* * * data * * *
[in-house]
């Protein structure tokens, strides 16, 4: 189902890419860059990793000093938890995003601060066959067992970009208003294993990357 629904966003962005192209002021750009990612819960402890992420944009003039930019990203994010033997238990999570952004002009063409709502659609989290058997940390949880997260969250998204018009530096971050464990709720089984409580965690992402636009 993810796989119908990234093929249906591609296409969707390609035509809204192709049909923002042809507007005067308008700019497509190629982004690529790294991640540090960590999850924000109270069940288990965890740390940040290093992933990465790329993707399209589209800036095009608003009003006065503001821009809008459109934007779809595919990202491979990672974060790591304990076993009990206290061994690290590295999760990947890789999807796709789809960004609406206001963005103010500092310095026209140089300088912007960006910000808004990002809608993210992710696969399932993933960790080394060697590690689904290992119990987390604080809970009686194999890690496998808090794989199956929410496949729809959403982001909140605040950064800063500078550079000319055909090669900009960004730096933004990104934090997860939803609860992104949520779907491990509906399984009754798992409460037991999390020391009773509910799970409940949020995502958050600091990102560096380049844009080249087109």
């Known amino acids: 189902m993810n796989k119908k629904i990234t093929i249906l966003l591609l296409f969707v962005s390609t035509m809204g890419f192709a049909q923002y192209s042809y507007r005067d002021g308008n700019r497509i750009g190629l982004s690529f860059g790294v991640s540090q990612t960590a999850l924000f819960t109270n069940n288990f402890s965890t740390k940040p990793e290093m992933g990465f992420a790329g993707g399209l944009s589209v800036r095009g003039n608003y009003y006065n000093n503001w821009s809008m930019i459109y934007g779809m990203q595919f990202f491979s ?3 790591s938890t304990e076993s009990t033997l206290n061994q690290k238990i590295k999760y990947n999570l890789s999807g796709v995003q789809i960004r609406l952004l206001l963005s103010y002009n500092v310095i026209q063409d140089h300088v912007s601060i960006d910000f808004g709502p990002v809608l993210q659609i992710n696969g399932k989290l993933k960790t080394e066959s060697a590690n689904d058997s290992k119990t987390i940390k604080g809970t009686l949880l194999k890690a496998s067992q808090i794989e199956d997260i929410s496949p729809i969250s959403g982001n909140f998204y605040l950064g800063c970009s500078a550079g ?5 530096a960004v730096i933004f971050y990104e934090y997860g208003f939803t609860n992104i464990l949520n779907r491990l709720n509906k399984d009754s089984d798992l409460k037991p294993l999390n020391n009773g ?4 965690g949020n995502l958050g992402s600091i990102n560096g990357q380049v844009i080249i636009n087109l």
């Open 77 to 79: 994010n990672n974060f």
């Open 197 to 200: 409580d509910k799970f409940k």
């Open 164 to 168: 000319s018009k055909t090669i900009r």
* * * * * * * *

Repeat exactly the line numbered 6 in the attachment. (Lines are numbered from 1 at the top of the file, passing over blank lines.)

């Open 164 to 168: 000319s018009k055909t090669i900009r």